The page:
The company is aware that aviation noise can be perceived as a nuisance and that there is a growing need for information and action. Transparent information and dialogue with residents are vital. It has therefore reported on the measures it has taken and provided updates on noise statistics and flight operations for many years already. For instance, the number of take-offs and landings at Zurich, broken down by runways and flight paths, is reported on the company's website each day. Residents affected by aircraft noise can call or e-mail Flughafen Zürich AG directly with any queries or concerns and staff from the Noise Management department will respond to specific questions.

Besides individuals, a number of bodies including adjacent municipalities, the Canton of Zurich and other neighbouring cantons, districts across the border in Germany and a variety of agencies and citizens organisations concerned with air traffic noise make representations to Zurich Airport. The company maintains a regular dialogue with these groups too. Exchanges are more frequent ahead of changes affecting take-off and landing operations.

In the year under review, fewer enquiries and complaints were received compared with the previous year. The most frequent reason was the inbound flights from the south in the evening hours and regular aircraft delays after 11 p.m. (see Noise statistics).

Noise exposure is less of an issue in Brazil and Chile. In Brazil, the environmental licence of an airport is subject to the obligation to set up an easily accessible digital hotline for noise complaints and to submit reports on these to the authorities. The airports in Florianópolis, Vitória and Macaé provide channels to report complaints on all matters, but especially for noise. See the Business ethics section for more information.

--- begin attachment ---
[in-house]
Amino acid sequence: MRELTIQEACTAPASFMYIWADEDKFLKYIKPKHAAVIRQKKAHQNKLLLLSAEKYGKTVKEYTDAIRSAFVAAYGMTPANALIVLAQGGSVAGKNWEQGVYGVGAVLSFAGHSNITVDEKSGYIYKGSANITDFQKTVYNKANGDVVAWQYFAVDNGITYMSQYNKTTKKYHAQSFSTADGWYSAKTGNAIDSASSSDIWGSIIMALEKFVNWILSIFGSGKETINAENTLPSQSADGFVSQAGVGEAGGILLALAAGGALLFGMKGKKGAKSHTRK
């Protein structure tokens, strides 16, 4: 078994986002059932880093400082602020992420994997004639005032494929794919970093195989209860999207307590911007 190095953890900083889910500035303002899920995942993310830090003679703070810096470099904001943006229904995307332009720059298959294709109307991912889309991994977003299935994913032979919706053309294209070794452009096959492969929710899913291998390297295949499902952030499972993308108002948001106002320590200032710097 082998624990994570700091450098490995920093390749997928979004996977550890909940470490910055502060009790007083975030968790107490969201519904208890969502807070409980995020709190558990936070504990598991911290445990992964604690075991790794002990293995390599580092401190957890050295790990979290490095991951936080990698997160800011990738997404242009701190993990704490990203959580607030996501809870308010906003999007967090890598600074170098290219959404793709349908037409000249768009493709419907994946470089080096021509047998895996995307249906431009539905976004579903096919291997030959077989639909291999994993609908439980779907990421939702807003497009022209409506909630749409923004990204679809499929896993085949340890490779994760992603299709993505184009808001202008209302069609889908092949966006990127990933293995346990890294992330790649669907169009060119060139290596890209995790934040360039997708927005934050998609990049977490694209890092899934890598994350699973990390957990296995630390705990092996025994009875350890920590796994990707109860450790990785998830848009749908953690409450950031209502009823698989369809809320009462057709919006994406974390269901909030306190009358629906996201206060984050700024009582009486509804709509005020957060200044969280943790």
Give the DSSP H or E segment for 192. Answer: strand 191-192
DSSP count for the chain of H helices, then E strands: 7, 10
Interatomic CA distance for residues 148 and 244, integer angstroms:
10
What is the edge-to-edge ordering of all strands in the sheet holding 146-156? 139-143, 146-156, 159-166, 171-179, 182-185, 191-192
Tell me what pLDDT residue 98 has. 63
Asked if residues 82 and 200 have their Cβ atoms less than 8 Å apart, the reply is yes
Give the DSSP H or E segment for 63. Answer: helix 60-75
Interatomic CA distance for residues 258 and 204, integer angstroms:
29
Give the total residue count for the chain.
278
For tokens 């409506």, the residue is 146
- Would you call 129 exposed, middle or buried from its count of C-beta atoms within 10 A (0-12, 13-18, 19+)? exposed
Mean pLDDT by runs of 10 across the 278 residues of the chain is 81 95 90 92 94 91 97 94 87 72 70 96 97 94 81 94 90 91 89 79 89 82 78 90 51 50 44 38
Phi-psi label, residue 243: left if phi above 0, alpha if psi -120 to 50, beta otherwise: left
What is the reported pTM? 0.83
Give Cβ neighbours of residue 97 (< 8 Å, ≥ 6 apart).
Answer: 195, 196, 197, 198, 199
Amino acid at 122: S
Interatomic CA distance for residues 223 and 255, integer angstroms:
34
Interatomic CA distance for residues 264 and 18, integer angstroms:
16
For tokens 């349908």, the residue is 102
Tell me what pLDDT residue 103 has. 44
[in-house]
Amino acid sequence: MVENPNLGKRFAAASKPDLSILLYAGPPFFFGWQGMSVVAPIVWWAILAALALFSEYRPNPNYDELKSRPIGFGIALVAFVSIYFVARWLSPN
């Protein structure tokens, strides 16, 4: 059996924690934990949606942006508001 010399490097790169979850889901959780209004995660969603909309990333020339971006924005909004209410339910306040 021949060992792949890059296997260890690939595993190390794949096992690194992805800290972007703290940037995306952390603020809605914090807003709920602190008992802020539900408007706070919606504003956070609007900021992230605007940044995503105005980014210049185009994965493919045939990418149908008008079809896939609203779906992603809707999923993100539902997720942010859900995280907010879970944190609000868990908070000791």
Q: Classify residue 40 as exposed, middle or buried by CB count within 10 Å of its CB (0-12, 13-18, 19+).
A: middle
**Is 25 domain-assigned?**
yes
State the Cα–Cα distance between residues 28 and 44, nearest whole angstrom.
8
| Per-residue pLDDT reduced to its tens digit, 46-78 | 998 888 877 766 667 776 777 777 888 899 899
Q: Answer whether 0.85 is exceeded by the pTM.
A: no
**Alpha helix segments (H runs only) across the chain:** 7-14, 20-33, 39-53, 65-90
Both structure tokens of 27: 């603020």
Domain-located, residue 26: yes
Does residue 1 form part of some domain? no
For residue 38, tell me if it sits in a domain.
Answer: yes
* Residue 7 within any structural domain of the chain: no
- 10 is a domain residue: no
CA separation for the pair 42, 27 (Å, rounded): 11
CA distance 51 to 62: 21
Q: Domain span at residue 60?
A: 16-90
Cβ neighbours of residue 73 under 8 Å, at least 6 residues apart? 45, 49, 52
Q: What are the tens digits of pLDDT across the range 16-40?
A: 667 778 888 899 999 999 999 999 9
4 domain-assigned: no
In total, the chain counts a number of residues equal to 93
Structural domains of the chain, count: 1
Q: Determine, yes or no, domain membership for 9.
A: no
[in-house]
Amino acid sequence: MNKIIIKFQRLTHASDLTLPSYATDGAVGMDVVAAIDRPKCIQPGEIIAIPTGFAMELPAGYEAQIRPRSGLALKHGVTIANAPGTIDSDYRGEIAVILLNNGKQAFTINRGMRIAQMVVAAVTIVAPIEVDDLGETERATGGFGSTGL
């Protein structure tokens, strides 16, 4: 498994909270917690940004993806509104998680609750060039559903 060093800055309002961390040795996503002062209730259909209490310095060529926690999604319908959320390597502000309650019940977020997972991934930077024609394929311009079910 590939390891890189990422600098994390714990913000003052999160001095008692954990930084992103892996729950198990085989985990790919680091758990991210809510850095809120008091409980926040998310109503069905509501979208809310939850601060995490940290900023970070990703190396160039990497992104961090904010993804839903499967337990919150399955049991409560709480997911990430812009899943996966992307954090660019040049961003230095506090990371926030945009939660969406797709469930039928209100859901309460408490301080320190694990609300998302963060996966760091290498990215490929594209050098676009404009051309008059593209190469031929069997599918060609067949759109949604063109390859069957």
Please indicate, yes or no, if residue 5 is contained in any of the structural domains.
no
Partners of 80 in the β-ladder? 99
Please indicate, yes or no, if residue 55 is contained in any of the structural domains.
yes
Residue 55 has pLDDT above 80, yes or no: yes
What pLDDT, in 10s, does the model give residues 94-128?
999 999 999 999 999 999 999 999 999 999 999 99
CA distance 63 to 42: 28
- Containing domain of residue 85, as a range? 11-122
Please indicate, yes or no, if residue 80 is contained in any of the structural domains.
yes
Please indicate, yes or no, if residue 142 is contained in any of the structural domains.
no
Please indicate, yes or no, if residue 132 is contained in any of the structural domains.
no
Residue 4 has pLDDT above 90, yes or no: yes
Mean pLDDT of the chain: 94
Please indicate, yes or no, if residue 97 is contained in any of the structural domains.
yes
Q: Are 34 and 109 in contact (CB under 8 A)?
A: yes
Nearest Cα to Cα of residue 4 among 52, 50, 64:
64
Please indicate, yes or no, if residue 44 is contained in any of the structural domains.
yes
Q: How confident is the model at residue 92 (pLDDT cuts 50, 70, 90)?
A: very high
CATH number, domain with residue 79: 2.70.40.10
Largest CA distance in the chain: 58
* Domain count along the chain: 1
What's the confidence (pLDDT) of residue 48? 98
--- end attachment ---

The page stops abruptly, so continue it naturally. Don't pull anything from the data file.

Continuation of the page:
Noise monitoring

In order to take stock of the noise situation and collect noise-related charges, it is necessary to have accurate measurements of noise levels. Data on air traffic noise in the vicinity of Zurich Airport have been collected since 1966. A network of noise monitoring stations currently at 14 fixed locations near departure and arrival routes is operated. During the reporting year, the station at Oberhasli under the flight path extending from runway 28 was moved to a new location in the same village. The system automatically links the noise data recorded by the measuring stations to the corresponding flight movements. These data are published monthly in a noise report that can be freely accessed on the company's website. As prescribed by the Sectoral Aviation Infrastructure Plan (SAIP), aircraft noise exposure and the progress of mitigation measures are analysed in a comprehensive report each year which is submitted to the Federal Office of Civil Aviation (FOCA). This report is then used as the basis for any corrective action, for example optimising processes for long-haul flights taking off in the evening, or incentivising airlines by increasing noise charges for departures after 11 p.m.